Several news organizations reported the deaths of three climbers and a Sherpa on Mt. Everest’s summit this past week along with two missing people. The sudden increase in deaths raises the question: is the climb worth the risk?
As the highest peak on Earth, standing at 29,029 feet, Mt. Everest is a popular destination for mountain climbers. The first official climb was in 1953 and according to Nepal’s tourism department there has been more than 200 deaths since then.
Climbing Mt. Everest isn’t a task that you simply say “sure, why not?” about. It requires a lot of planning, training and acceptance that you might not make it back down. If you saw the film Everest then you got a small look into what goes into a climb.
Even Sherpas, some of the most experienced climbers are subject to tragedy. According to CNN, “Sherpa people are an ethnic group from Nepal who have lived in the high altitudes of the Himalayas for generations. They have long served as guides whose local expertise has been invaluable for foreigners attempting Everest climbs.”
In the past two years, avalanches on the world's highest peak have killed 35 brave climbers. Since last Thursday, four people, including Phurba Sherpa, Eric Arnold, Maria Strydom, and Subash Paul, have died climbing Mount Everest's 29,029-foot peak due to altitude sickness, and others are currently missing or severely ill. Today, we remember all of those who had the courage to risk their lives on their quest to conquer the most dangerous mountain in the world, and those who are still climbing. (#regram: @andy_bardon) #RIP #MtEverest
So what exactly makes Mt. Everest so dangerous? Well, there are several reasons how climbing this peak can end in disaster.
- The weather. Mother Nature is unpredictable, making this one of the top reasons Everest is hazardous. Climbing after heavy snowfall is risky as it can prompt accidental avalanches. When you climb a mountain you are at the mercy of Mother Nature and need to (literally) tread carefully. You can’t force your way up the mountain and instead, need to wait until the weather gives you the opportune time to climb.
- Natural disasters. Avalanches, snowstorms, earthquakes…these are all natural disasters that are hard to predict and can be deadly. A 2014 avalanche killed 13 people (mainly Sherpas) and most recently, a 2015 earthquake sparked avalanches that killed 18 people on Everest. Since these disasters are usually unpredictable, climbers put their lives in the hands of Mother Nature.
- Medical problems. Between snow blindness, mountain sickness, frostbite and hypothermia, there are a lot of signs and symptoms to look out for. Staying hydrated and proper use of oxygen can easily prevent some of these conditions. However, even with the best preparation the most experienced climbers can succumb to medical problems. High Altitude Cerebral (HACE) and Pulmonary (HAPE) Edema are serious conditions you can encounter during climbing. Both Cerebral and Pulmonary Edema are caused when fluid collects inside the brain/lungs causing motor functions to fail, vomiting, sleepiness and even hallucinations. These two conditions can kill you fast and the best way to avoid it is to slowly acclimate your body rather than pushing it to its limits.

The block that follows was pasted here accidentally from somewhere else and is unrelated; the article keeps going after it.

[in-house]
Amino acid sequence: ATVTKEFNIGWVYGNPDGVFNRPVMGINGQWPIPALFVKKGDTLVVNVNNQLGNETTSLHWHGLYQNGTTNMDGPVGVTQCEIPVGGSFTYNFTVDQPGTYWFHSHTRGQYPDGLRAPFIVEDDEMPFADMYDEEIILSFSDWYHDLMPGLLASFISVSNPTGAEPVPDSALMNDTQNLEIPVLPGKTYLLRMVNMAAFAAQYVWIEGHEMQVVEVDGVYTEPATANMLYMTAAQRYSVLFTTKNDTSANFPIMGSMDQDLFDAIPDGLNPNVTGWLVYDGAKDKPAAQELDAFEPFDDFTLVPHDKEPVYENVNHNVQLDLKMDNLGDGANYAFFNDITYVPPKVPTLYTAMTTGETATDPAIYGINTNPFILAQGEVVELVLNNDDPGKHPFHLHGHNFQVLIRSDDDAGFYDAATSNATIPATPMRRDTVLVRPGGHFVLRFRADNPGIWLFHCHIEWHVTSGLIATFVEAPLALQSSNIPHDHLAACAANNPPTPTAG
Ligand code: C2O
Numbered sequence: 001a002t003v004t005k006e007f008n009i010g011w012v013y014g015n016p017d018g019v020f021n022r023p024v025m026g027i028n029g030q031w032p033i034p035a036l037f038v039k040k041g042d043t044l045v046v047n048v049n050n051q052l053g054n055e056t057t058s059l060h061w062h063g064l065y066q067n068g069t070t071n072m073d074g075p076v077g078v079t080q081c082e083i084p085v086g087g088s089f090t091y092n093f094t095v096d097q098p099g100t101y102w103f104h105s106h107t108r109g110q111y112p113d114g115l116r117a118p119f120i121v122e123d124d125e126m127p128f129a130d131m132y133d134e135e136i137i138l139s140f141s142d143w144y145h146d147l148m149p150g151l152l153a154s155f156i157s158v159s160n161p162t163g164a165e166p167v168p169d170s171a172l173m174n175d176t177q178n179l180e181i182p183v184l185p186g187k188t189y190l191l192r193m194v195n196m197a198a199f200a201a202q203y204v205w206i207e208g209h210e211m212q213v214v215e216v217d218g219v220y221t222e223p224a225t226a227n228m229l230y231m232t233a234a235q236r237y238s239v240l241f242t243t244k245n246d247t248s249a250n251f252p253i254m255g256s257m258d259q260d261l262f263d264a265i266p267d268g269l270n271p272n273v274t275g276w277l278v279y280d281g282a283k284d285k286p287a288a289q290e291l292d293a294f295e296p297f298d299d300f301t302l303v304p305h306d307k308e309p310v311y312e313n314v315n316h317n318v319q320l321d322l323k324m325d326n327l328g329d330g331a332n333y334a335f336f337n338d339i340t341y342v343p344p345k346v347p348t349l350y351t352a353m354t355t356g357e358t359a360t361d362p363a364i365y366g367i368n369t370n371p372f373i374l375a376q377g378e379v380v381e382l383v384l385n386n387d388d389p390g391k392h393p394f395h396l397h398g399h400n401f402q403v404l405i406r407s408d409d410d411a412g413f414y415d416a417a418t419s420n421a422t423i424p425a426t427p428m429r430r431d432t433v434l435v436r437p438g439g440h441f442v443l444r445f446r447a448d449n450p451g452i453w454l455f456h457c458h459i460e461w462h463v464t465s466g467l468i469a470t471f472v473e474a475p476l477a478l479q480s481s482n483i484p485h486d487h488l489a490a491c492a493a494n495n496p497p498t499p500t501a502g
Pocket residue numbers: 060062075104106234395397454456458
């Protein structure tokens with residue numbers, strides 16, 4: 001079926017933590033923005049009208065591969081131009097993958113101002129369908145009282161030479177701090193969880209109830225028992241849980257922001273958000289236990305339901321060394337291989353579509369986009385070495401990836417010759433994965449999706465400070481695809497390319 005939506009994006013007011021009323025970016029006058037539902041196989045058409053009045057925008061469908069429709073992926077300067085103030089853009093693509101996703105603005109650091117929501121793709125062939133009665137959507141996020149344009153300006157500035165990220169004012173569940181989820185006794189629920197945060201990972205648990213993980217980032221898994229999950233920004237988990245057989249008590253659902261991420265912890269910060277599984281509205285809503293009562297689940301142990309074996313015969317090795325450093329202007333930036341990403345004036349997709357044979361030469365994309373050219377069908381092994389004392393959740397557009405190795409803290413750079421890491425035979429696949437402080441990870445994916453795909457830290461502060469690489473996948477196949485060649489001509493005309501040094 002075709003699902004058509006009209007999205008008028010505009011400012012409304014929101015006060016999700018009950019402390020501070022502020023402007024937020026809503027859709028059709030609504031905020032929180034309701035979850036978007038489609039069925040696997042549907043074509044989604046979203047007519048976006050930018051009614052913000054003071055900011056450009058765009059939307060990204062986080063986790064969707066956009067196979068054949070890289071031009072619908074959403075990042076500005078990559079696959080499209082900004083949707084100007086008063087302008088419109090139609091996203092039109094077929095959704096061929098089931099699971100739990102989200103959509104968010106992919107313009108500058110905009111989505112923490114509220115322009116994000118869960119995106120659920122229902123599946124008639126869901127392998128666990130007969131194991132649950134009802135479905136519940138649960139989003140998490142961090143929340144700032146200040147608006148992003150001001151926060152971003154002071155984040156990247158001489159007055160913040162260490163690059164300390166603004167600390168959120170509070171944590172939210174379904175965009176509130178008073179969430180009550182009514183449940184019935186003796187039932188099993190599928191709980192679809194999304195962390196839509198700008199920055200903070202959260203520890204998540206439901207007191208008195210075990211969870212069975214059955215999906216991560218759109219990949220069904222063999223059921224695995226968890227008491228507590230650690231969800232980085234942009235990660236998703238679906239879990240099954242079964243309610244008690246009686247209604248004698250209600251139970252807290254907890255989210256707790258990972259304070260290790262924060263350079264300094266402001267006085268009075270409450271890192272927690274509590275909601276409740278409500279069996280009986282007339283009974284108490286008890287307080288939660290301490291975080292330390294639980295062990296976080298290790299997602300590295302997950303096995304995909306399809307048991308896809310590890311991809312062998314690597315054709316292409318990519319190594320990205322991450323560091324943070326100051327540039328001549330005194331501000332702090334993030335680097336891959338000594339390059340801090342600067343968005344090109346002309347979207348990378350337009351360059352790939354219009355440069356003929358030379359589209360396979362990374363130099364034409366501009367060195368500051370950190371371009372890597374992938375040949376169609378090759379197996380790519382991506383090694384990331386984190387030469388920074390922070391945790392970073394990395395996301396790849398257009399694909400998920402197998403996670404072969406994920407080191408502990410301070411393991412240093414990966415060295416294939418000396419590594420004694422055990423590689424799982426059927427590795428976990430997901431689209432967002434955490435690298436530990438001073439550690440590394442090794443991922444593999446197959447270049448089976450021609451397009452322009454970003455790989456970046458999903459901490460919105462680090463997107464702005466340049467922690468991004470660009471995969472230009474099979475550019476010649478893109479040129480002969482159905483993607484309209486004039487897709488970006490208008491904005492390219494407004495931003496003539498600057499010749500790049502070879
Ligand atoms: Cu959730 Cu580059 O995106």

- Experience. You need some climbing experience before you decide to tackle Everest. The more experience you have, the safer you will be on top of the mountain. A Mt. Everest climbing site recommends climbing for often for 2-3 years, including some high Alpine climbs in order to prepare.
- Oxygen. Having an ample supply of oxygen is key to successfully completing a climb on Everest. The previously mentioned climbing site says that you shouldn’t attempt an Everest climb without oxygen unless you are “an experienced +8000-meter/26000 ft. climber, with at least one previous experience at 8500-meters/28000 ft. without oxygen.” Even then your Sherpa should have a spare oxygen bottle for you in case of emergency.
- The ropes. This is one of the variables that is essentially out of your hands unless you’re an expedition leader or a Sherpa hired to fix the ropes. The ropes are a necessity for climbing and in the past, all climbing groups shared the responsibility of paying for and fixing the ropes. Now, the nearly $20,000 cost typically falls on the shoulders of whichever expedition group does it first. This is because most climbers don’t return to Everest. They simply climb once or twice in their life and are done. These ropes can be a danger to climbers because if they aren’t fixed on time it can mess with the climbing schedule and if they aren’t done properly then people can get injured or die.
If you’re thinking of climbing Everest, you should be aware of the dangers listed above and plan your trip carefully. Research where you are purchasing your oxygen from, the expedition group you plan to join and properly acclimate your body to prevent medical problems.
Are you a mountain climber? Would you ever take the risk and attempt to summit Everest?
*Feature photo originally posted on Instagram by @eddiebauer